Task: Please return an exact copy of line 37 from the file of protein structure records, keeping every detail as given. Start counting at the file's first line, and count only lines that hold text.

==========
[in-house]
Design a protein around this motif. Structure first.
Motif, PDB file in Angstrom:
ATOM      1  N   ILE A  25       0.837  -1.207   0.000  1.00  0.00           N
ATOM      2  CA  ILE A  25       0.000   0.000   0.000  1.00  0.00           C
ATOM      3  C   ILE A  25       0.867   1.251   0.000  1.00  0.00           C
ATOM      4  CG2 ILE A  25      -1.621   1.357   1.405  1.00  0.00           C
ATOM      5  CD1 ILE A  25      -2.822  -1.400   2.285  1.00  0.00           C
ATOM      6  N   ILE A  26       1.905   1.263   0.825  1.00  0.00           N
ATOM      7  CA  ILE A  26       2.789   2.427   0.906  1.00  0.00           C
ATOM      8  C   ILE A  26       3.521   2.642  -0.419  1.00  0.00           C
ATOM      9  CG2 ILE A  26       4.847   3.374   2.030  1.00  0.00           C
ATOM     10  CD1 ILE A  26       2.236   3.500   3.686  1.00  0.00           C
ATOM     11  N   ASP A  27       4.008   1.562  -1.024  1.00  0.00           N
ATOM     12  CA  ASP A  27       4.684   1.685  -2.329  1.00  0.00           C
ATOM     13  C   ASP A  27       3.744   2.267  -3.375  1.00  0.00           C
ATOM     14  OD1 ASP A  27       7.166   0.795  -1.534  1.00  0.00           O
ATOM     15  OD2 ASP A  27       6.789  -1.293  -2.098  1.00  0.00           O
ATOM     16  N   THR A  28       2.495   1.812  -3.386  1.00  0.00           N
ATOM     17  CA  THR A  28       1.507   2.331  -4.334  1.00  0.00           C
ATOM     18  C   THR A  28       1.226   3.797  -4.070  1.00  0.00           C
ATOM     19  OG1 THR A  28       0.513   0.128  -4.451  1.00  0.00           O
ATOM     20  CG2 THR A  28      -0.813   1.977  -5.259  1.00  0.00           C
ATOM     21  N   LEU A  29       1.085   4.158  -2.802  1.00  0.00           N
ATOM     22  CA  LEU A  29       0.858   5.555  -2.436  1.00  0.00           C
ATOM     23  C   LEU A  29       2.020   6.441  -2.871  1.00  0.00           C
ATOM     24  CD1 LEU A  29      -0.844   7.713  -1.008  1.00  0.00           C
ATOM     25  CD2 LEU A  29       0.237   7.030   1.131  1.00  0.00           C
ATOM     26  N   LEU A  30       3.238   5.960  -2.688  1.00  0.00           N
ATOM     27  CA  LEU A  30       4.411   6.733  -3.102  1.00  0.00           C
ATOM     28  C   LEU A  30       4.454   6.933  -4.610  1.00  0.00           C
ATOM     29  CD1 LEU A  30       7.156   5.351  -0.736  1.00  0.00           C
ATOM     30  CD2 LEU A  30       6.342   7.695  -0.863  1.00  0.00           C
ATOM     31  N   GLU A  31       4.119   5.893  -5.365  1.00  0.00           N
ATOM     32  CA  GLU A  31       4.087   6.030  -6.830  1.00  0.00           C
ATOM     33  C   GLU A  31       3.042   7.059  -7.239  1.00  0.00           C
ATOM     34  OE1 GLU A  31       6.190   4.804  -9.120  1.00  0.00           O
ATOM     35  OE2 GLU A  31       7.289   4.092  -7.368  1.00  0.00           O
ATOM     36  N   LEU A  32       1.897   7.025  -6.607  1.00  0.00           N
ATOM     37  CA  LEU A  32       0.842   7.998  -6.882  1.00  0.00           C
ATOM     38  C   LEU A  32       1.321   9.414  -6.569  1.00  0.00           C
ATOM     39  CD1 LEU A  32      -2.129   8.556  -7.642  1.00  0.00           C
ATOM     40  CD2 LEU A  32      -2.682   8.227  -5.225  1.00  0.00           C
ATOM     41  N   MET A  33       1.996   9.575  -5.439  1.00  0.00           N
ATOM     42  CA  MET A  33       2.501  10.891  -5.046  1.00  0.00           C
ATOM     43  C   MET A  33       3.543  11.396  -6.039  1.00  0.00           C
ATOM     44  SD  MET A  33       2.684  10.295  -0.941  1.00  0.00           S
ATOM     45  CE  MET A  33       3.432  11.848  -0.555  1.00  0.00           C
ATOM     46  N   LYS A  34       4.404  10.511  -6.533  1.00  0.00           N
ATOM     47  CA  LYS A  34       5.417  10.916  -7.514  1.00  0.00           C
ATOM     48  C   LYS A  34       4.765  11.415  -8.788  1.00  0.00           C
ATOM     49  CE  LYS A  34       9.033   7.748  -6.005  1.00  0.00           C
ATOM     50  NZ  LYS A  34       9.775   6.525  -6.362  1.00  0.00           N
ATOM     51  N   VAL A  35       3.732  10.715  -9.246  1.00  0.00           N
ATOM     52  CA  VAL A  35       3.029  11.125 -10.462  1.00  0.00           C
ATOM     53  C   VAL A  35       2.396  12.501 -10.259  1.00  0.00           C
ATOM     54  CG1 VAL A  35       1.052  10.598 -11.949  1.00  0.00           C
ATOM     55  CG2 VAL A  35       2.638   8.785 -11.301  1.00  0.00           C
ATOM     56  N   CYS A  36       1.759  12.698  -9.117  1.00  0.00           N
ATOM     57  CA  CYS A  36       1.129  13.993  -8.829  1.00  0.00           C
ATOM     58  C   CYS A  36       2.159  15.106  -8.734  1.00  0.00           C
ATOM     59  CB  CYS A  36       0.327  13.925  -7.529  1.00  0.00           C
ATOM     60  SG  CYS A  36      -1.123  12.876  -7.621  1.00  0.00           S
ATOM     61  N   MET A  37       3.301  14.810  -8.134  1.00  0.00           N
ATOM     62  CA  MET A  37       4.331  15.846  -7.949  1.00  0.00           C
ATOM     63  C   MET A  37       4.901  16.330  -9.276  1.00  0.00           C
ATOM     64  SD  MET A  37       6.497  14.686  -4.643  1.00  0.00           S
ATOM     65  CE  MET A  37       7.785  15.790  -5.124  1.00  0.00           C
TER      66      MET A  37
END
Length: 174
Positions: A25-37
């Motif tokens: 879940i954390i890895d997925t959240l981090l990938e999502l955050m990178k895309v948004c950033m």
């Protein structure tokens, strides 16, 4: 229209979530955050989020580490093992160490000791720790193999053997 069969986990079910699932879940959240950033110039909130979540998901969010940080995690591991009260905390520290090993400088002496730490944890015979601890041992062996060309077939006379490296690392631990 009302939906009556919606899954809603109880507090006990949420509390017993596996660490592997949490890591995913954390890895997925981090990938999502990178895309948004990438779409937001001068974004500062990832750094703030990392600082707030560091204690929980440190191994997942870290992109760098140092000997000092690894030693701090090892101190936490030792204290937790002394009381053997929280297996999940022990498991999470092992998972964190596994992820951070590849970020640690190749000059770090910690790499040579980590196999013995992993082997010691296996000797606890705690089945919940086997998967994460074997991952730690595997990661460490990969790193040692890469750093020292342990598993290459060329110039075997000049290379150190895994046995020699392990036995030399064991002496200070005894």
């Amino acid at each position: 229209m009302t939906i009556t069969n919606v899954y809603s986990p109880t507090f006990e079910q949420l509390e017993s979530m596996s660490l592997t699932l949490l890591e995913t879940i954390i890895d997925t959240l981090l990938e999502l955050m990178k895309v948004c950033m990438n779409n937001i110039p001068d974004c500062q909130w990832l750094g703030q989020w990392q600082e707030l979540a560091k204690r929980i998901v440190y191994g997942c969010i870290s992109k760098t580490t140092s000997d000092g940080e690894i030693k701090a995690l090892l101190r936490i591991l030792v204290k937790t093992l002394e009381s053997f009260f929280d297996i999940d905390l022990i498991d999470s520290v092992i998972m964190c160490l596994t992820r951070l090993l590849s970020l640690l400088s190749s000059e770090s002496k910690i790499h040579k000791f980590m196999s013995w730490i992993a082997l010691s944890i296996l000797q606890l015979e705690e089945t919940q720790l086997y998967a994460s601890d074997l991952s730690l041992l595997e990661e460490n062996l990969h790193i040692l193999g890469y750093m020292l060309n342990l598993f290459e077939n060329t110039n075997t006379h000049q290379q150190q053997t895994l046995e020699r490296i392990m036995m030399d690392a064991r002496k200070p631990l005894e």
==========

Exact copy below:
ATOM     34  OE1 GLU A  31       6.190   4.804  -9.120  1.00  0.00           O